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Flip-flopping it into town

Summer must be peaking if Jimmy Buffett is in town. The Parrothead minstrel, who headlines the Tweeter Center tomorrow and Saturday, took time this week to reflect on what's ahead in a career that shows few signs of slowing down.


Q. You have a new song called ``Party at the End of the World." What's that about?

A. Considering that I wrote it a year ago, I'd like to think I'm a little more prophetic and more positive than the Rapture believers. It literally started at the end of the world. I was in Tierra del Fuego, and I had always wanted to go there. It's like the Key West of Argentina, and there are duty-free shops and cruise ships and people who sail in from all over the world. I had a great Italian meal with a nice bottle of wine and thought, ``It ain't bad at the end of the world." So I jotted that down in my book.

Q. You have a new album due this fall. Weren't you also going to title it ``Party at the End of the World"?

A. Yes, but I learned a long time ago that if you have to explain it, it's not really a good title. People said to me, ``What does it mean? Is it the end of the world? Is there a party? What?" There were too many questions for an album title. So I came up with ``Nothing But a Breeze," from the old Jesse Winchester song. I won't have to explain that.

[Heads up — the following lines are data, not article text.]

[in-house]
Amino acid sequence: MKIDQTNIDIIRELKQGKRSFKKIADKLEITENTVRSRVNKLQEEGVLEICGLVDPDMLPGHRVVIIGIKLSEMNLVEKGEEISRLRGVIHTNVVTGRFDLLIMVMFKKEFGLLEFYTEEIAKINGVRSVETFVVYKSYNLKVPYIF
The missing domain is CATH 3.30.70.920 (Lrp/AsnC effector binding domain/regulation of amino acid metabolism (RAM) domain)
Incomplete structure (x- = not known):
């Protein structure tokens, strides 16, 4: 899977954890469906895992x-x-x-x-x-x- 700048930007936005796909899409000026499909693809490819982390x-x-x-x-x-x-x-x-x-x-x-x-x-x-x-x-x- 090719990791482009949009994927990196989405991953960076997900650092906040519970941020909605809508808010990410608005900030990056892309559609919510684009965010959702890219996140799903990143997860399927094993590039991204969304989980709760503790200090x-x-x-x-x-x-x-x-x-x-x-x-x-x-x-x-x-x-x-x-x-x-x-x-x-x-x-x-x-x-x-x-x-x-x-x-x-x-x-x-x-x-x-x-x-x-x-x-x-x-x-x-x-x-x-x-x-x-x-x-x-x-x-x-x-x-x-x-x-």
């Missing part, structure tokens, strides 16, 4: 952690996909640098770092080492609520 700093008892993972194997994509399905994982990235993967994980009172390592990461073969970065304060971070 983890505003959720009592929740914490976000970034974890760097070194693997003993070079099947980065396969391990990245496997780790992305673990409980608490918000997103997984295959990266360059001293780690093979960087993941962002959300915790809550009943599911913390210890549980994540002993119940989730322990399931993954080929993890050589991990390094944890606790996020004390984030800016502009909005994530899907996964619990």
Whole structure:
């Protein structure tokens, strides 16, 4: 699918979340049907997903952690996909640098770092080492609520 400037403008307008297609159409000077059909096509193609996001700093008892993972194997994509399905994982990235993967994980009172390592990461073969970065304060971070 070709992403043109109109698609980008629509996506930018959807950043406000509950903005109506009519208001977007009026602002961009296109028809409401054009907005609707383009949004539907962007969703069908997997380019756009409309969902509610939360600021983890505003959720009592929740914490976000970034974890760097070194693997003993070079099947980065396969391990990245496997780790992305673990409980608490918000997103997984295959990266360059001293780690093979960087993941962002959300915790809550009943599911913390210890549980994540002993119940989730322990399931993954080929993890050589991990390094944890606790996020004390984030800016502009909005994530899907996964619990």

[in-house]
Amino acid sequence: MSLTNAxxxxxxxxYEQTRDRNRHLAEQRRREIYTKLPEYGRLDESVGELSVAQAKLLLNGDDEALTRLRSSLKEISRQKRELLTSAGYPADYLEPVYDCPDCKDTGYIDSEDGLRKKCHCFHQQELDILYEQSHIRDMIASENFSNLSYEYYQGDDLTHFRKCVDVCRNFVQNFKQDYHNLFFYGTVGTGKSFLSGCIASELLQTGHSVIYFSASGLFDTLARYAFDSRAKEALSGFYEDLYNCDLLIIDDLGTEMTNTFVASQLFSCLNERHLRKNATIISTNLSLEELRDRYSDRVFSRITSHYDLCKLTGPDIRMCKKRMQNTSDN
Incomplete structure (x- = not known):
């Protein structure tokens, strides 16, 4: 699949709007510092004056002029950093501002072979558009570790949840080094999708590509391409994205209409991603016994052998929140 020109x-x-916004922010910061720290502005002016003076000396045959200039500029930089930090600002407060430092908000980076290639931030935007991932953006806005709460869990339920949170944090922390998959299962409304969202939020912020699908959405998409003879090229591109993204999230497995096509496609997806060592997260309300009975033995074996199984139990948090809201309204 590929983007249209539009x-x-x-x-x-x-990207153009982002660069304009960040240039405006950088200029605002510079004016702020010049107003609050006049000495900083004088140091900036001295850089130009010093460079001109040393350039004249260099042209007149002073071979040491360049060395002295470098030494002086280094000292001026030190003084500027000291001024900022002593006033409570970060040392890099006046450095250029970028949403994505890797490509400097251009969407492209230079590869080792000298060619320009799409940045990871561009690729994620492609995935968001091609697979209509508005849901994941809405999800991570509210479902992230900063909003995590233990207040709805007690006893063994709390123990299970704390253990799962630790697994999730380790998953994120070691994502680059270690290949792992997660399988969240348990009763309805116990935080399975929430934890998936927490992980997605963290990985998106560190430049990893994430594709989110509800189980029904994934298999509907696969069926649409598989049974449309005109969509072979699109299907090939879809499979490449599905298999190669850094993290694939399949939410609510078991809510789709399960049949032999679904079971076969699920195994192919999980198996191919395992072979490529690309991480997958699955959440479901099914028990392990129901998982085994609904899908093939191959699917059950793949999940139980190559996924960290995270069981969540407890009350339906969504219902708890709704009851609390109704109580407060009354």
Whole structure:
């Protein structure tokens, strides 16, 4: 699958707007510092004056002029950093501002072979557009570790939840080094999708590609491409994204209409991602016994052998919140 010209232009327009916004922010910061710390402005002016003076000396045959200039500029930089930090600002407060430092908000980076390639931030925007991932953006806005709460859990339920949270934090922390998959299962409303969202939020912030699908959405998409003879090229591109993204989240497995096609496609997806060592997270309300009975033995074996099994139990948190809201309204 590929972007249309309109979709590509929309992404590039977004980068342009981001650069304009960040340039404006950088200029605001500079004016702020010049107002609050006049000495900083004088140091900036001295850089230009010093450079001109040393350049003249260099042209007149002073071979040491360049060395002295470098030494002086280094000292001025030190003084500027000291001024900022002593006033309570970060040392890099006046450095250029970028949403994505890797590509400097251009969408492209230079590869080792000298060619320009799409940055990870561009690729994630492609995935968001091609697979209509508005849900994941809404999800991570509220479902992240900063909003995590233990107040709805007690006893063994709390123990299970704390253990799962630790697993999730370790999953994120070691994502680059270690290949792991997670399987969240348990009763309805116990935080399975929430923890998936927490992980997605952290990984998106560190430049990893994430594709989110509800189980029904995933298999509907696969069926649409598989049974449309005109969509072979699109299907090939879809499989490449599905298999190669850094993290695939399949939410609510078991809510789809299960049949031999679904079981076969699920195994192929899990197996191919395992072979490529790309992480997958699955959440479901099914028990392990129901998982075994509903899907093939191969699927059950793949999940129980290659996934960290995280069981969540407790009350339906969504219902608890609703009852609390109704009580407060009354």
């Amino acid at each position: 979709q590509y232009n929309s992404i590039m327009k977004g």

Q. You just released a DVD of your live shows at Wrigley Field, which came a year after you played Fenway Park. You say in the DVD that you were very humble to be in the home of the Chicago Cubs.

A. It was overwhelming to be in Fenway, but Wrigley was actually my field. I wasn't around Boston in the early years. It wasn't part of my heritage, but Wrigley was. Chicago is where I really came out of. It was the first city out of the South that I worked in a club situation.

Q. Would you play Fenway again?

A. I don't know. I'm not saying I'd never do it again, but the other side of me says that was such perfect timing at Fenway with what happened in that season, I don't see how you can duplicate it. They've asked us back, but I haven't made the decision.

Q. You're on a DVD (coming out Aug. 22) featuring the Concert for New Orleans that took place in New York after Hurricane Katrina. You sang with Dave Matthews and Paul Simon. That must have been emotional.

A. It definitely was. It really hit home. There we were in rehearsal with Allen Toussaint's band, and the guitar player had to borrow a guitar because he didn't have one. His guitar was wiped out, and so was his house.

Q. You just made a new video for the song, ``Bama Breeze," about a club damaged in another hurricane.

A. It's a tribute to those honky-tonks that line the Gulf Coast where I grew up on the Alabama, Mississippi, Florida coast of the Gulf. It's about the infamous Flora-Bama bar. It had been blown away in a storm. The patrons had given it an Irish wake and that was a neat story. So I used that as the format for the video.

Q. What was it like playing the role of a schoolteacher in the film ``Hoot" this year?

A. Well, it was pretty easy. Will Shriner, the director, coached me through it. People seem to like it, and I had a good time doing it. I'm looking at a couple of other things in the future. But it has to be fun for me to get involved, and not too much work.

Q. So no Shakespeare?

A. No, I don't think you'll see me do ``Hamlet" any time soon. Schoolteacher, surfer, wharf rat -- those are the roles I'm looking for.

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